But I thought that's what it WAS all about, then somewhere along the line civilization decided that it was too unseemly and outsourced it out to the state. What else is justice "supposed" to be? Why we should have an unstoppable bureaucratic beast making people's lives difficult if a victim and an erstwhile persecutor (not necessarily in this case) can in good faith reconcile? Is justice supposed to be a deterrent? Doesn't seem likely to work. Is it supposed to be an abstract notion? It's kind of lame if we mete out justice out only out of fear of setting a double standard somewhere else...

space_maze said...

Justice was, of course, about revenge in the "good old days". Private law still is, to some degree. But in modern societies, public law primarily serves two purposes: to create a deterrent, preventing people from taking the crime in question too lightly; and to protect society, by reeducating criminals where it is possible, and by putting them somewhere where they can’t do any more damage where it’s not.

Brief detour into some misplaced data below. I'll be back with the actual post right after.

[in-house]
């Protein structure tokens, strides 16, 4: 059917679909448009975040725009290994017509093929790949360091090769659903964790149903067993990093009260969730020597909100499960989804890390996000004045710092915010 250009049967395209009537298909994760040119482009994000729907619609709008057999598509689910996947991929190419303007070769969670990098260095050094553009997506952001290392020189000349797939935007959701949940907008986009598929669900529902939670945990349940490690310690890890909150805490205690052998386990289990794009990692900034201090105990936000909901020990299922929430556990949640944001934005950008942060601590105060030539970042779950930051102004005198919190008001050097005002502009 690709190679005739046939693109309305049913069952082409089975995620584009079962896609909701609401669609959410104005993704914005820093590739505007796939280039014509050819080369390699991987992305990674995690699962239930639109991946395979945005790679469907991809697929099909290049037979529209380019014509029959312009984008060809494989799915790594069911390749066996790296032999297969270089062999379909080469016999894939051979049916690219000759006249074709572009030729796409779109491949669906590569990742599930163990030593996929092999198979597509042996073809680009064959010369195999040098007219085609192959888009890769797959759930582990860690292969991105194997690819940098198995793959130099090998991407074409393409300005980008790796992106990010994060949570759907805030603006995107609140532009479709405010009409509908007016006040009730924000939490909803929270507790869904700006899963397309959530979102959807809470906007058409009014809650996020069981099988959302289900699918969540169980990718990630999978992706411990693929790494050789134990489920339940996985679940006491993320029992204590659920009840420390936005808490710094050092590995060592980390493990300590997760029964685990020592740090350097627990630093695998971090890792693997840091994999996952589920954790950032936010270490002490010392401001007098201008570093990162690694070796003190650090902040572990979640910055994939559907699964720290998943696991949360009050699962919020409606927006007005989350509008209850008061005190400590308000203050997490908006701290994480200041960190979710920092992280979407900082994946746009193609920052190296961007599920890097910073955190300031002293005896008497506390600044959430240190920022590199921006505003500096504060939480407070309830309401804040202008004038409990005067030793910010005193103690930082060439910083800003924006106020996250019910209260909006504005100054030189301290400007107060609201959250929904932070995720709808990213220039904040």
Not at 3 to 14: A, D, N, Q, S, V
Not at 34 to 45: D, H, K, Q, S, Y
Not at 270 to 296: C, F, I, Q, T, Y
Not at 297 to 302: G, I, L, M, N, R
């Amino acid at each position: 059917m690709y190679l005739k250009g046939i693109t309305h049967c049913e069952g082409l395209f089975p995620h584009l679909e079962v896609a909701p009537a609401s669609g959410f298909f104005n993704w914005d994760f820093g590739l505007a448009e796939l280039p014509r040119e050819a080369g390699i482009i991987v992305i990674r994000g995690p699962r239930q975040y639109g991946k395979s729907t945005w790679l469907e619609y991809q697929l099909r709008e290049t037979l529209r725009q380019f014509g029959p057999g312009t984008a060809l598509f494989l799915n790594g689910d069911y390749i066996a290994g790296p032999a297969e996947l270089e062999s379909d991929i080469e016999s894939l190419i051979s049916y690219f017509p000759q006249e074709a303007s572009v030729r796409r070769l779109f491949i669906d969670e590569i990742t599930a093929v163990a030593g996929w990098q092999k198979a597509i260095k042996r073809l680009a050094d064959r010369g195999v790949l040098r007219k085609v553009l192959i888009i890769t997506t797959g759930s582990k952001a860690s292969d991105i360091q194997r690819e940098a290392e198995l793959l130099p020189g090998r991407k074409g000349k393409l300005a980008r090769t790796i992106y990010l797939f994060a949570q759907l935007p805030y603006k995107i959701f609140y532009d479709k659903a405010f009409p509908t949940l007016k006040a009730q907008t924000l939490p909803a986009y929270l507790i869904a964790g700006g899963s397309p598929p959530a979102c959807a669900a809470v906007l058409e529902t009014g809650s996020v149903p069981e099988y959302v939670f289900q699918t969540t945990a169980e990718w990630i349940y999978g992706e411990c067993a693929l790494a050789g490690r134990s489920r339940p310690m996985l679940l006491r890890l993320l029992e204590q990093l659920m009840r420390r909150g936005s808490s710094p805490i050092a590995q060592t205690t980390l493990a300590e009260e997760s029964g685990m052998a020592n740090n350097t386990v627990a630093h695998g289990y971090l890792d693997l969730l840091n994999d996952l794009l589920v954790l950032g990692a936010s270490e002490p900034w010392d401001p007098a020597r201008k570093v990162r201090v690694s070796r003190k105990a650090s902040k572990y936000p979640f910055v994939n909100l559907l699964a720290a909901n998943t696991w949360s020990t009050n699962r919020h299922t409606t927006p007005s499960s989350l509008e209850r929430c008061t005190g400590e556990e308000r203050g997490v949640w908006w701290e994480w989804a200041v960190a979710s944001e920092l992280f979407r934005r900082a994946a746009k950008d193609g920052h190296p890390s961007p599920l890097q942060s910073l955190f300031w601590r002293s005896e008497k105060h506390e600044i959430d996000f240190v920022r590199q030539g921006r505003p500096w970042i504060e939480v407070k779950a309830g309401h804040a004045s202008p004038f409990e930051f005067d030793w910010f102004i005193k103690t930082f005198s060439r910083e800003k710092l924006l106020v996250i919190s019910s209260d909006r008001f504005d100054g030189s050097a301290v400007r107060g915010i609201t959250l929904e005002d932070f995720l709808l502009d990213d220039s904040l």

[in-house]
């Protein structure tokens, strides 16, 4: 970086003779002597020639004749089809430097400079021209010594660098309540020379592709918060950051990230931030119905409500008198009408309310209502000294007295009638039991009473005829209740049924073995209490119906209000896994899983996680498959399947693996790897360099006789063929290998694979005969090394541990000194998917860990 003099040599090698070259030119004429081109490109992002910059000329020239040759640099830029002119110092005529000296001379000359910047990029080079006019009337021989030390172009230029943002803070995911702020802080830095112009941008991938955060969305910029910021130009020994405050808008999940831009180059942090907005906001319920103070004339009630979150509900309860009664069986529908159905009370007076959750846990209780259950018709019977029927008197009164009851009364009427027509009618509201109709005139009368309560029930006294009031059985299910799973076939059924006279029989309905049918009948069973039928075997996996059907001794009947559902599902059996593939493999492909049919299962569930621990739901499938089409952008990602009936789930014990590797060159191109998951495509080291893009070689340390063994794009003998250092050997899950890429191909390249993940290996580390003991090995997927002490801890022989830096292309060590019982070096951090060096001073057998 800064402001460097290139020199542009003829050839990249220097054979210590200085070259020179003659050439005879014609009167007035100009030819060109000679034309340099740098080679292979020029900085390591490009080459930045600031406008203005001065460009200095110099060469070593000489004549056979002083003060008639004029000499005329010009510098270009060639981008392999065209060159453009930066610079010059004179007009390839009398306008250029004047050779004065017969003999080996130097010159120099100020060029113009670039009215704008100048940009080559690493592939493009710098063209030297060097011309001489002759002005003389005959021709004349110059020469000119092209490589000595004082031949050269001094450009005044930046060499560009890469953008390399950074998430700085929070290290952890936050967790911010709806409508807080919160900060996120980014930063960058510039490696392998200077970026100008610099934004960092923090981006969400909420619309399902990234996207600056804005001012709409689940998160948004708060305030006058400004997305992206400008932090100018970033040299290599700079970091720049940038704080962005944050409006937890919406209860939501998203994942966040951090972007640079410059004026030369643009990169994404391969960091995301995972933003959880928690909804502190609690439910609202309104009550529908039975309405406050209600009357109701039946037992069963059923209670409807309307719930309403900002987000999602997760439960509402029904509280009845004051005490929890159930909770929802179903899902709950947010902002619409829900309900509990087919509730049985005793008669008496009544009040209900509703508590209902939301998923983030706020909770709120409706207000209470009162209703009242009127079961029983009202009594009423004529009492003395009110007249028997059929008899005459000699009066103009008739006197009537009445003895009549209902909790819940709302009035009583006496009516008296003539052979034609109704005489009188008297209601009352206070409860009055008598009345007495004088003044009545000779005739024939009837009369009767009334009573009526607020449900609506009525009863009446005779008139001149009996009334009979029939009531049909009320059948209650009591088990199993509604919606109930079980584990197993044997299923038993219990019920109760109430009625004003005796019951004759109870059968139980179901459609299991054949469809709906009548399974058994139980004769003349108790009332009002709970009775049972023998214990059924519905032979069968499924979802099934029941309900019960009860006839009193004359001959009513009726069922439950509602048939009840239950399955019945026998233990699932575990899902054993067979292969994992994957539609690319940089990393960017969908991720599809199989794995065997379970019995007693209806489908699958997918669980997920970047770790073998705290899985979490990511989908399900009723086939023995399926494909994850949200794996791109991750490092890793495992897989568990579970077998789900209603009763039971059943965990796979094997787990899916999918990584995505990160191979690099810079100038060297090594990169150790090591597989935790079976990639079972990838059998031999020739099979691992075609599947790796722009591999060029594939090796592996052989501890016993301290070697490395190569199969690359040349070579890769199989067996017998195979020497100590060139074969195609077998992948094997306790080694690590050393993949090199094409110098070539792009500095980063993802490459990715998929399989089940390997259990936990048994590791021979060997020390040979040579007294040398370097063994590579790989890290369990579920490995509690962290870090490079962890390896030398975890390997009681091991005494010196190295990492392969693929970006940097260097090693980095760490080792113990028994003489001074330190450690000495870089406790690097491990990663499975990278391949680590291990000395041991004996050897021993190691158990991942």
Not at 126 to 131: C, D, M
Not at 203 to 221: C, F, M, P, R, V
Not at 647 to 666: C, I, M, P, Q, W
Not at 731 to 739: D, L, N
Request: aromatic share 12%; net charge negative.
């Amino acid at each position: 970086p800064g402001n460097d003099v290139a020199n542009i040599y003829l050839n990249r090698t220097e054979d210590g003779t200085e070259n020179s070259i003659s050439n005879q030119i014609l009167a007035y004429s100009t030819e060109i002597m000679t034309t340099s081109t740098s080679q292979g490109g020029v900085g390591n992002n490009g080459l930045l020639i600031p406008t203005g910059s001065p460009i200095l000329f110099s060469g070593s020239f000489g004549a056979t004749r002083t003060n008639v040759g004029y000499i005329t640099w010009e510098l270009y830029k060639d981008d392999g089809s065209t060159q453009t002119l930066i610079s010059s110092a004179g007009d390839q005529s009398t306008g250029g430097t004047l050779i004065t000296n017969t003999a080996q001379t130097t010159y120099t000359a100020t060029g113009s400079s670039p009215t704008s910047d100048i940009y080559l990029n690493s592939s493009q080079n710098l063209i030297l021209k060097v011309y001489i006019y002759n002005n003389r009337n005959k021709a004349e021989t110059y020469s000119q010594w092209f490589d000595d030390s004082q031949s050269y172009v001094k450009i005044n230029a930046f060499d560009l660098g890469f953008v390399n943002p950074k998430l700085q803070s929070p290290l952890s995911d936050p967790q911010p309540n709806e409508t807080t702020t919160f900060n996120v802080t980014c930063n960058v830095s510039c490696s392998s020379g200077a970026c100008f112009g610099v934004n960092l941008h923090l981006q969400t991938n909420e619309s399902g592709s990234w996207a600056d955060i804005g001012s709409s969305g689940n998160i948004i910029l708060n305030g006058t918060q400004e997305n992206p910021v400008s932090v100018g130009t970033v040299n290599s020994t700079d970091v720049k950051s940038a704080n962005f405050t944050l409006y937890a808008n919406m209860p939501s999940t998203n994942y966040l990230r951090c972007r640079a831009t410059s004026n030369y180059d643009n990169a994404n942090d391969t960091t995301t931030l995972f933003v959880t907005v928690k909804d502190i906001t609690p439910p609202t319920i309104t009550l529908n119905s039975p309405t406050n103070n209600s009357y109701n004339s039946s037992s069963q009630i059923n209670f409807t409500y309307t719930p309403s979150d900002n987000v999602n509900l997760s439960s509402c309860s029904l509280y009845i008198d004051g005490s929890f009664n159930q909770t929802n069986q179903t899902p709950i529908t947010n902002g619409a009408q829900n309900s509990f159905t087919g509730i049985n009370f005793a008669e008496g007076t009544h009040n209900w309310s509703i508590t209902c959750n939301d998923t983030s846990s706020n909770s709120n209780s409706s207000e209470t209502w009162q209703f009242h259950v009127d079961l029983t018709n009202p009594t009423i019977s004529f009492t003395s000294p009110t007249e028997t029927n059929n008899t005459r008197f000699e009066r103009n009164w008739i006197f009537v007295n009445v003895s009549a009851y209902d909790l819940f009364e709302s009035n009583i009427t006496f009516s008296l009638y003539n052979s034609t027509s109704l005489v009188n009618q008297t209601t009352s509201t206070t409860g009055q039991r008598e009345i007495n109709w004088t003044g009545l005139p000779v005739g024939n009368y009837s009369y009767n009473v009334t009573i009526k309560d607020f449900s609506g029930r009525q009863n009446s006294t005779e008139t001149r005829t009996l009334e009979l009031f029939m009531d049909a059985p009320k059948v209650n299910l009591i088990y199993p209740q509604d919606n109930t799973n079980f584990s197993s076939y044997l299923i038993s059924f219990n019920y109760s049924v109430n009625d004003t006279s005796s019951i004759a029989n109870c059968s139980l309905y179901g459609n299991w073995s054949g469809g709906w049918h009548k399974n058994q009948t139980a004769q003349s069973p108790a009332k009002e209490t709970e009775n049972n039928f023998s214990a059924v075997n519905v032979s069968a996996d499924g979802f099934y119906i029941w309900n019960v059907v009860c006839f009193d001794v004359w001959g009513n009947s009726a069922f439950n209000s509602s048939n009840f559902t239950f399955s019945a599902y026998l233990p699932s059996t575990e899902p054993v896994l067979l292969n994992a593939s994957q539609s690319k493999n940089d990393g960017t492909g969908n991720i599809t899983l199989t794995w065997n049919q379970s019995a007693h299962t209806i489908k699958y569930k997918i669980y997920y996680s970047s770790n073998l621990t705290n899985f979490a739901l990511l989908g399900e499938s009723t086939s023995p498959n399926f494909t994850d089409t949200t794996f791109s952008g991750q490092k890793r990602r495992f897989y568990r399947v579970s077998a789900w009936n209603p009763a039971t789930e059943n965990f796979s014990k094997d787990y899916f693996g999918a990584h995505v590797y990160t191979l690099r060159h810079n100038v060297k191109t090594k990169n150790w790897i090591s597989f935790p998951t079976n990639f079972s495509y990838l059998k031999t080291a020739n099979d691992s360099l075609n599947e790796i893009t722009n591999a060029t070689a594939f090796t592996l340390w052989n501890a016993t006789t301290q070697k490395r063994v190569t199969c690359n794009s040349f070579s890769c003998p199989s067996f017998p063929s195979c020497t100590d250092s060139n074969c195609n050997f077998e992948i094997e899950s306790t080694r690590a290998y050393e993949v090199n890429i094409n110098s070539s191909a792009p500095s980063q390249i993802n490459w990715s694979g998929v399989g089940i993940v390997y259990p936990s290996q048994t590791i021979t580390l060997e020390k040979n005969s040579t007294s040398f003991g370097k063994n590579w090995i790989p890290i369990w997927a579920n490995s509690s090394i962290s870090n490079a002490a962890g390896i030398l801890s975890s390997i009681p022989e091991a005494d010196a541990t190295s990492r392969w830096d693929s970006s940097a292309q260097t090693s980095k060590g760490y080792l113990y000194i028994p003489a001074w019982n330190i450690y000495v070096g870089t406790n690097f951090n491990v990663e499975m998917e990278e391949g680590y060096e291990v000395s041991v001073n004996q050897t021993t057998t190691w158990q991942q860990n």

A victim's forgiveness is inconsequential to both of these things.

Flasher T said...

But I thought that's what it WAS all about

You were mistaken. Vengeance cannot be outsourced. Criminal justice cannot undo a crime that has taken place, so it is concerned with neither vengeance nor forgiveness. A crime is prosecuted as an offense to society, and the purpose of criminal justice is to prevent crime from occurring in the future - whether by removing dangerous individuals from society (as with actual pedophiles) or by instituting and publicising a punishment sufficient to give pause to potential perpetrators. As such, the point of a significant sentence for a one-time child rapist is to make the next person fear retribution so much that he acts with an abundance of caution.